Leonard Percival Howell (June 16, 1898 – 1981) was a Jamaican religious figure. He was one of the first preachers of the Rastafari movement (along with Joseph Hibbert, Archibald Dunkley, and Robert Hinds), and is sometimes known as “The First Rasta.”
Born in May Crawle River, Jamaica, Howell left the country as a youth and returned in 1932. He began preaching in 1933 about what he considered the symbolic portent for the African diaspora—the crowning of Ras Tafari Makonnen as Emperor Haile Selassie I of Ethiopia. His preaching asserted that Haile Selassie was the “Messiah returned to earth.” Although this resulted in him being arrested, tried for sedition and imprisoned for two years, the Rastafari movement grew.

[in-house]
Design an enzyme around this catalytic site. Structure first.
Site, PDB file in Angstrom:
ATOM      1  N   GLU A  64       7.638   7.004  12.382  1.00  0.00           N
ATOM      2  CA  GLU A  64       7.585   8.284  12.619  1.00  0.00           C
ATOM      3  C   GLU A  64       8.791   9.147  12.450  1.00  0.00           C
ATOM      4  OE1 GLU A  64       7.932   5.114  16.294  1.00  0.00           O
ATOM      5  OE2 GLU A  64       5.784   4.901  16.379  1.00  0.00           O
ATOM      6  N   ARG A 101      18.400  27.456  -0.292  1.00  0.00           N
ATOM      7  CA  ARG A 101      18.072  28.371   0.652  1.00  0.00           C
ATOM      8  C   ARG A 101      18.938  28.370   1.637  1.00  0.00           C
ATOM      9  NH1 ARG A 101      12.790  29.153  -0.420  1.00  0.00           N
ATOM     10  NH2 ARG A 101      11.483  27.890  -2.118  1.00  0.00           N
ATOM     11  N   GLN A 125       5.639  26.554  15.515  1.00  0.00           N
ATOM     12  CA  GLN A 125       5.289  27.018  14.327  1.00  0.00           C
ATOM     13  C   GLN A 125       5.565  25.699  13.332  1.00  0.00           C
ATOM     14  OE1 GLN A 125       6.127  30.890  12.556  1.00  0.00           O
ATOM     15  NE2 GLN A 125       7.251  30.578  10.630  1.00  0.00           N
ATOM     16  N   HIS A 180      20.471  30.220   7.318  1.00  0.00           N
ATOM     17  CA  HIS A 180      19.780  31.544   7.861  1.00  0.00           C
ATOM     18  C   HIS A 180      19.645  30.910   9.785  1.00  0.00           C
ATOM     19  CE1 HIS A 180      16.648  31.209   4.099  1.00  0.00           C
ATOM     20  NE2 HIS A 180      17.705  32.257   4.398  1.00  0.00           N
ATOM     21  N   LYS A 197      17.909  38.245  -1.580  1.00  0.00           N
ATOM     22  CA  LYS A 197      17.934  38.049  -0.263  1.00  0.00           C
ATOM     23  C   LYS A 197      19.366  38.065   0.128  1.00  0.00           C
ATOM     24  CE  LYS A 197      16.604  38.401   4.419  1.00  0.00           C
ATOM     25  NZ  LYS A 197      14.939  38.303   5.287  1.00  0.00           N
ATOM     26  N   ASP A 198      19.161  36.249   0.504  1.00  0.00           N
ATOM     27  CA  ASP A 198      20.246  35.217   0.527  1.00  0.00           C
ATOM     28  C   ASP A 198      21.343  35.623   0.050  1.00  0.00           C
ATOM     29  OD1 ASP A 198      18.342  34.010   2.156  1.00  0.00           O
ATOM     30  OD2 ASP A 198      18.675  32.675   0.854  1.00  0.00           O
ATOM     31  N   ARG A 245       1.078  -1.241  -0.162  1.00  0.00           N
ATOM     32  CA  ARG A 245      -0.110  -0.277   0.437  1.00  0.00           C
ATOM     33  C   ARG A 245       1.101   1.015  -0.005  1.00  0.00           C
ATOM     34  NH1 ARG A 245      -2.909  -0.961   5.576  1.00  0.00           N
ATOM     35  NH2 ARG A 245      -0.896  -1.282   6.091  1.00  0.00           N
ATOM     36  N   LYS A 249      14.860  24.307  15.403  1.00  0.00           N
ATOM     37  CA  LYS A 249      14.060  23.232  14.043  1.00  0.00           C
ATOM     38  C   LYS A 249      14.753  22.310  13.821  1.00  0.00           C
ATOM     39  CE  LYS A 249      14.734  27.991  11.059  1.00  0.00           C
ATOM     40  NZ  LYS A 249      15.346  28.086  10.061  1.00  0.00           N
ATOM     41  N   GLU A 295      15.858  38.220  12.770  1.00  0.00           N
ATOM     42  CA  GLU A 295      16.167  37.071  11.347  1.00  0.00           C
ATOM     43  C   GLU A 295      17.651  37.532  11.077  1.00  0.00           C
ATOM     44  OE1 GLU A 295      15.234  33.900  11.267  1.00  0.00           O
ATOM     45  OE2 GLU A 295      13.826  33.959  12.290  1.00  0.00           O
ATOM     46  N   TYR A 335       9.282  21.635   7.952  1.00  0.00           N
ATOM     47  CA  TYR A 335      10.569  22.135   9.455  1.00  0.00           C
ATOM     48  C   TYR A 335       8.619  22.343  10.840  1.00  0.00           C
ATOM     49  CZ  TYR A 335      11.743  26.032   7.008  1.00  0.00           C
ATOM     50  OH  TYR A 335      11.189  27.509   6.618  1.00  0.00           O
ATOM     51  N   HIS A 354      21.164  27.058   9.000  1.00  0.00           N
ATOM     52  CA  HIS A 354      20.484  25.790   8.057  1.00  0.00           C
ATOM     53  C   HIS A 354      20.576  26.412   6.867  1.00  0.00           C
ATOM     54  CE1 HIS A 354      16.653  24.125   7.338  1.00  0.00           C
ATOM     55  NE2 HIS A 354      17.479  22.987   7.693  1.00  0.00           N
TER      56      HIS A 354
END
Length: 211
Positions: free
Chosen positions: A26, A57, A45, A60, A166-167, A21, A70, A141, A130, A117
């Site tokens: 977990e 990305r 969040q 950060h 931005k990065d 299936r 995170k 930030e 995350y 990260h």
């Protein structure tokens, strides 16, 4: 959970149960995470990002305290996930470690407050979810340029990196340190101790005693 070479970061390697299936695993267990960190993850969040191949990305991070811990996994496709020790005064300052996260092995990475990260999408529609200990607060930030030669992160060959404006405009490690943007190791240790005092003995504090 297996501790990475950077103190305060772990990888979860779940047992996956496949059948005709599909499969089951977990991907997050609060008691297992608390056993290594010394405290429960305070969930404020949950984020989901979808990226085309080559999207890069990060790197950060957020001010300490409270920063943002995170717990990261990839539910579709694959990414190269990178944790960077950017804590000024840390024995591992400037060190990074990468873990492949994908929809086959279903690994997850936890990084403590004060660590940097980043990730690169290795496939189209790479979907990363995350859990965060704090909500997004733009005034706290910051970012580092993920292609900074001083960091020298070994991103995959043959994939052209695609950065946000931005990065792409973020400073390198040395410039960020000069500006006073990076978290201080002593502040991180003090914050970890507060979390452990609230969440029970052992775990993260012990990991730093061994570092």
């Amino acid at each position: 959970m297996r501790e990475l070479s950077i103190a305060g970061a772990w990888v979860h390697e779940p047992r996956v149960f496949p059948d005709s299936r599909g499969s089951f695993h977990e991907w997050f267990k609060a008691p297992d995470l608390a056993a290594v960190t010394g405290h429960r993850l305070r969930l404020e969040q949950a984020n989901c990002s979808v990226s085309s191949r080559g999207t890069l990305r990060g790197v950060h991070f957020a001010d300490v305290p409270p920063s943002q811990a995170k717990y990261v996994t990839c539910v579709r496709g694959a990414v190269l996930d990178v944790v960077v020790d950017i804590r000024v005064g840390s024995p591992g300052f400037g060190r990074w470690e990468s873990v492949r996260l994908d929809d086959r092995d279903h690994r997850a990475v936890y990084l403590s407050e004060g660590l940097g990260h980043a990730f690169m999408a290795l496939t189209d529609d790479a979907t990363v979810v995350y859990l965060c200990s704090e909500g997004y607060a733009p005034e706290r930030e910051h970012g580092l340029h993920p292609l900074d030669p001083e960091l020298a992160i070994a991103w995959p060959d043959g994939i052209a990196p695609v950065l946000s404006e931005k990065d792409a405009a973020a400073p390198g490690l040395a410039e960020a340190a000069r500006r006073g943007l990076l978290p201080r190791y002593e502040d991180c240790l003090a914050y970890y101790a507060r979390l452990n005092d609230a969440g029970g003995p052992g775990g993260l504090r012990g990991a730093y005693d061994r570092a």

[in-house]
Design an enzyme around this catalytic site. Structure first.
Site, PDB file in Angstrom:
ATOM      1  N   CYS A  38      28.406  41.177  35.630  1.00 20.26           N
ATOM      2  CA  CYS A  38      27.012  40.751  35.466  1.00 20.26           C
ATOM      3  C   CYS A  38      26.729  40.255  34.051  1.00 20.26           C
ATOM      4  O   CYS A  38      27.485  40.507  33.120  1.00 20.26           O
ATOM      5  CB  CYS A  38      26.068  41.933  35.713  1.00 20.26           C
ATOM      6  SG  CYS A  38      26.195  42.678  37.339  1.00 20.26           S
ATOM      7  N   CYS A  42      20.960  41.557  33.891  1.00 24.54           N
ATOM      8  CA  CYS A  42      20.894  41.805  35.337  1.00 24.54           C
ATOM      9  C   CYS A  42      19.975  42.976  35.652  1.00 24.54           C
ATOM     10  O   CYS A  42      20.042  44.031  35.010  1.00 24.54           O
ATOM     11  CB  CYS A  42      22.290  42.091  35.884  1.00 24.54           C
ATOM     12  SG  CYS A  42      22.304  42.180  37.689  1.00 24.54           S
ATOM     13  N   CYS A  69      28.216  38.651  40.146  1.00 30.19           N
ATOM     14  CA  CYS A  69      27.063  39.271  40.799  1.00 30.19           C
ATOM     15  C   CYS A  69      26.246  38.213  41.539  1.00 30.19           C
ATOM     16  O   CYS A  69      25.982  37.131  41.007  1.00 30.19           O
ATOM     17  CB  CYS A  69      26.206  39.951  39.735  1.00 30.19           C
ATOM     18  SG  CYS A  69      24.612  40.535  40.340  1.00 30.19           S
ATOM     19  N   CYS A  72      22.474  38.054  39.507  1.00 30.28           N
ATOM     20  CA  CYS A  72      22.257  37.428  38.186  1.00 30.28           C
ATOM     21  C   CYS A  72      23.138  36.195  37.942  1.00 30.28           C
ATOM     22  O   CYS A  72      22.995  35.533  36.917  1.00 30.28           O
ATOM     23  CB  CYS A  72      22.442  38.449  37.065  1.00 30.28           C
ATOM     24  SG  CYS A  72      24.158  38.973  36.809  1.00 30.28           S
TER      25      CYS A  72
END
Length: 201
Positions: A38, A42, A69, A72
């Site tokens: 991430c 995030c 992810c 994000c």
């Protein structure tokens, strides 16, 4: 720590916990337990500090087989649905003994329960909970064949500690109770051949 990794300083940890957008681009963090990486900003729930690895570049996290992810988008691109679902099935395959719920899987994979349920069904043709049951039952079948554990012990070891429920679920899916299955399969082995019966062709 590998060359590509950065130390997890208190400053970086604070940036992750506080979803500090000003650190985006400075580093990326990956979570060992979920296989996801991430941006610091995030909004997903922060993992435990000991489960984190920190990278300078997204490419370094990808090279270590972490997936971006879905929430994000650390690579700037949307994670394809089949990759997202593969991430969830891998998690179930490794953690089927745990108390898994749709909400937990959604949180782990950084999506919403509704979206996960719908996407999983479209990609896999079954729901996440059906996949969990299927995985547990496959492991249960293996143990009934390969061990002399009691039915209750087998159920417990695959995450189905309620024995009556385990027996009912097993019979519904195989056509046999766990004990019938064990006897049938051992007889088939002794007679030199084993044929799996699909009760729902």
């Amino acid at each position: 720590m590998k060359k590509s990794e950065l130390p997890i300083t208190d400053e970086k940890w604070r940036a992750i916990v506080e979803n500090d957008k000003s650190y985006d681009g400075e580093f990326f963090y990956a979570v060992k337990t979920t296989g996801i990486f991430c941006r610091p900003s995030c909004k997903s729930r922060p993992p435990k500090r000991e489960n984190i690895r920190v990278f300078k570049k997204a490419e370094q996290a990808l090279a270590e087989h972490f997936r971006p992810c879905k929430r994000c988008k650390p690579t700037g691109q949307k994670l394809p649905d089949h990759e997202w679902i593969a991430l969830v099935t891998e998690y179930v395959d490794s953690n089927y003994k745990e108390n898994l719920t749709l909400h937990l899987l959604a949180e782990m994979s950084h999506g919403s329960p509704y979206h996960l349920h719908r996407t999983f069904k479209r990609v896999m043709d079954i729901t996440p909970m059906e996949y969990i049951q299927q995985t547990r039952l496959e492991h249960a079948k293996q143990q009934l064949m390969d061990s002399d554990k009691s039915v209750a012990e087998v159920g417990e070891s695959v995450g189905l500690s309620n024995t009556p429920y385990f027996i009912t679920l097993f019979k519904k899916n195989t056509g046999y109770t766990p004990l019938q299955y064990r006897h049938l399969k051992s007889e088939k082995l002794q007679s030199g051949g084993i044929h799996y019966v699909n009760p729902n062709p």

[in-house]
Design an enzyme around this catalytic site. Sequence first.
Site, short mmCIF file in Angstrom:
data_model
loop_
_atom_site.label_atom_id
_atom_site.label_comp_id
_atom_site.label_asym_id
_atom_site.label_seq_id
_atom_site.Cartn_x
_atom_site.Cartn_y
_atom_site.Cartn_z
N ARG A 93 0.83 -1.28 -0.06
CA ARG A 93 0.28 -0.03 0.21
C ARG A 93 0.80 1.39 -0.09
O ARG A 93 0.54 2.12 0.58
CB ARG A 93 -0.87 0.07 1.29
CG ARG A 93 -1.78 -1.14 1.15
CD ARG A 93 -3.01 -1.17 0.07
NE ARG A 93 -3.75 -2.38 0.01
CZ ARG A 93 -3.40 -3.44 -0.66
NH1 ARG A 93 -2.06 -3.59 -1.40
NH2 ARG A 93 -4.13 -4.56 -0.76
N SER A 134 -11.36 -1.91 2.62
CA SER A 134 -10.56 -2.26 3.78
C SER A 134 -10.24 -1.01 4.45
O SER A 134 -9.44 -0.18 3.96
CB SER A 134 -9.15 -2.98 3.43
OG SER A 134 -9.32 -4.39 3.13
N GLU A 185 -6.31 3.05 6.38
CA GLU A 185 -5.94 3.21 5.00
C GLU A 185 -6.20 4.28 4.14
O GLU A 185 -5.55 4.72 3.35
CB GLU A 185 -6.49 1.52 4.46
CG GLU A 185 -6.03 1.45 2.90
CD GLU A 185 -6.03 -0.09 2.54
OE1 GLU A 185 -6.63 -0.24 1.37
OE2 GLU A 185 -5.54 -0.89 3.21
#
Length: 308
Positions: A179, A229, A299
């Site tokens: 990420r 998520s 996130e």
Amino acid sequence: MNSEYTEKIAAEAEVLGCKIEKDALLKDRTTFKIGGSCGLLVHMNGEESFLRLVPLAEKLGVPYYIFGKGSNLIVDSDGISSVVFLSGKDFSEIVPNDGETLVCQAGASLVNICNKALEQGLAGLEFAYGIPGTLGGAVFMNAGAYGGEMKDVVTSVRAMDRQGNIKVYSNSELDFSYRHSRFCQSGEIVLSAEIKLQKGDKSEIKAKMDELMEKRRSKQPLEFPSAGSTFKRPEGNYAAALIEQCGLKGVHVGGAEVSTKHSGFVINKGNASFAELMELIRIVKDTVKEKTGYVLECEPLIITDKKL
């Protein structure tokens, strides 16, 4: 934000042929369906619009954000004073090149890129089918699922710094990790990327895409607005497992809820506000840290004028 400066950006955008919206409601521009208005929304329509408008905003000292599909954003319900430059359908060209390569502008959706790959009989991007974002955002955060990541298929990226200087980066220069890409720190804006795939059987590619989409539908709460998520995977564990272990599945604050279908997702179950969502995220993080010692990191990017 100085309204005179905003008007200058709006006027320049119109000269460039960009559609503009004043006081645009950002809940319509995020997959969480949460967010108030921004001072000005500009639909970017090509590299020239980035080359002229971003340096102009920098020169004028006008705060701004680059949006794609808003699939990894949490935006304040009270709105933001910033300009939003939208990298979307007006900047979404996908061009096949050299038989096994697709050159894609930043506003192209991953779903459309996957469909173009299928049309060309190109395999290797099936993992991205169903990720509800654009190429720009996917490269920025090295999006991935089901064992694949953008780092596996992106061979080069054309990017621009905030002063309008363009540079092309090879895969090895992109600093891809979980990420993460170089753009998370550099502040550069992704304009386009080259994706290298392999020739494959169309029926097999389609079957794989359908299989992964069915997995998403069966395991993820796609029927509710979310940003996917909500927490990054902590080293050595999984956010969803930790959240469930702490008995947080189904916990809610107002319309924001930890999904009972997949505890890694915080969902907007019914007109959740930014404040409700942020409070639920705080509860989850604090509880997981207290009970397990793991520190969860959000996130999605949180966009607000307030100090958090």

Over the following years, Howell came into conflict with all the establishment authorities in Jamaica: the planters, the trade unions, established churches, police and colonial authorities. Nevertheless, this movement prospered, and today the Rastafari faith exists worldwide.
Leonard Howell died in Kingston, Jamaica.